Since the mid 2000s, UAB has been the place to be for anyone interested in cold stowage. That is NASA’s term for cooling technologies sent into space and today used principally on the International Space Station. The Engineering and Innovative Technology Development group builds unique devices capable of keeping scientific samples in suspended animation from the launch pad all the way until they return to earth. “As soon as an experiment is done the materials start to degrade,” Moradi said. Often, the astronaut-scientists aboard the ISS “need to freeze the samples they are working with in seconds,” so the EITD team built Rapid Freeze, which can cool samples from room temperature to -60 degrees Celsius in one minute and reach a low of -190 degrees celsius.
EITD's devices don't all reach such extremes. MERLIN, for example, is an incubator/freezer that can cool to -20 degrees Celsius or warm to +48.5 degrees Celsius (see a full list of EITD's devices below). The UAB cold stowage devices also keep astronauts supplied with perishable food and chilled drinks. “We’ve flown everything from plants to bodily fluids to ice cream,” Moradi said.
In its latest five-year contract cycle, NASA doubled EITD’s cap to $50 million, reflecting a growing need for cold stowage on the ISS. The current $716,000-plus award is simply the latest installment in that ongoing partnership, Moradi explained; final billings for this cycle should be in the $40 million range.
Those funds pay for devices that are the absolute state of the art — super-efficient chilling machines that reach minus–80 degrees Celsius while drawing the power of a household light bulb. There are currently around 20 of EITD’s four types of cold stowage devices on the ISS. The EITD team keeps watch on those devices around the clock in a mission control center permanently linked to the space station.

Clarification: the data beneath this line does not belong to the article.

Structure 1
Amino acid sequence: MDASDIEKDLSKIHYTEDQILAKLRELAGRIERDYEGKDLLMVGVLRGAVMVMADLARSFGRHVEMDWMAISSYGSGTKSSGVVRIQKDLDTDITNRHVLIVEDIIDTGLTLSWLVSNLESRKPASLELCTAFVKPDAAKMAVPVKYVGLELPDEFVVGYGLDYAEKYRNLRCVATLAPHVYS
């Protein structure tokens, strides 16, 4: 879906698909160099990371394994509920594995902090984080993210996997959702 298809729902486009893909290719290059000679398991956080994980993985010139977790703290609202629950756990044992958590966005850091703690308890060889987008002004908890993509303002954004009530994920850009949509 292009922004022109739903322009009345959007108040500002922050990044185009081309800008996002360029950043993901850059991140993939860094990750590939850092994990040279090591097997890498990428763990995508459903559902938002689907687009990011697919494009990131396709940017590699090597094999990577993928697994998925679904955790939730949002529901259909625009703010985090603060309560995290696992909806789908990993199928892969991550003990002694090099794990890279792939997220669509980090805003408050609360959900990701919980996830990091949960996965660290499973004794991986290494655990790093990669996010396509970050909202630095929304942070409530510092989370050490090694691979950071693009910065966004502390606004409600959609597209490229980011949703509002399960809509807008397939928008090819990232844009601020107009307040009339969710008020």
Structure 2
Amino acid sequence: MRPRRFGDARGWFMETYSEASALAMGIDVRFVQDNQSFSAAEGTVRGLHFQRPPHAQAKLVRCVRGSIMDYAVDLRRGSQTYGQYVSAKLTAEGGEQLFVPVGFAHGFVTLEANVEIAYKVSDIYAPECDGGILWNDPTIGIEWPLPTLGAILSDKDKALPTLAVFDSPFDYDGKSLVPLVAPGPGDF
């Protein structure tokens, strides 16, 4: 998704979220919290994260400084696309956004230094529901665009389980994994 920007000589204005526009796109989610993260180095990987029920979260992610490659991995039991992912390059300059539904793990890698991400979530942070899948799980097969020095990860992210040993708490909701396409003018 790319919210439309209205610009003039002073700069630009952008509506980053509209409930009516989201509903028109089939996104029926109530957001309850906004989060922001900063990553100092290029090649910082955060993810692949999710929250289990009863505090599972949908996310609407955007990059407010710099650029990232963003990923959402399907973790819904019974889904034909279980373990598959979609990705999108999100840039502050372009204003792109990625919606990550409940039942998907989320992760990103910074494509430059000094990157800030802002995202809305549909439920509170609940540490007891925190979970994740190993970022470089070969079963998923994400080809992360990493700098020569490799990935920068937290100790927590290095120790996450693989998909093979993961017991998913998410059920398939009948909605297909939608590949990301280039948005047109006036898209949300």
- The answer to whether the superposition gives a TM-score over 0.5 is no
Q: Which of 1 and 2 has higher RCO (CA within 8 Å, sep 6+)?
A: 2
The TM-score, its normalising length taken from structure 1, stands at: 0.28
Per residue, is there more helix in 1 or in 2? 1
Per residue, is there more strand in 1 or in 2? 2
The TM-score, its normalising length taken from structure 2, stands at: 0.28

“They have to be lightweight, handle the launch and vibration loads, be very efficient and very quiet,” said Rob Rouleau, associate director of the EITD. “The station is full of hardware that can generate noise and we don’t want to drive the astronauts crazy.” To be sure that doesn’t happen, the EITD team has an anechoic chamber where they carefully measure the decibels produced by their devices. Each part of the complex machines, which are hand-assembled by members of EITD’s 37-person team, must have its provenance traced every step of the way. “Everything is electronic now, but if you printed it out the documentation on any one of these it would be several feet thick,” Moradi said.
The team’s latest project is Iceberg, a large-capacity freezer designed to run indefinitely on the space station. EITD refinements allowed them to deliver NASA their largest storage capacity at a lower cost. The team also is now turning its attention to NASA’s planned Artemis manned mission to the Moon and beyond.
“We are hybrid engineers and scientists,” Moradi explained. “We are advancing technology, but we have to stick to a strict schedule. These flights won’t wait.”
EITD's Brandon Smith explains the Rapid Freeze system in this UAB News video.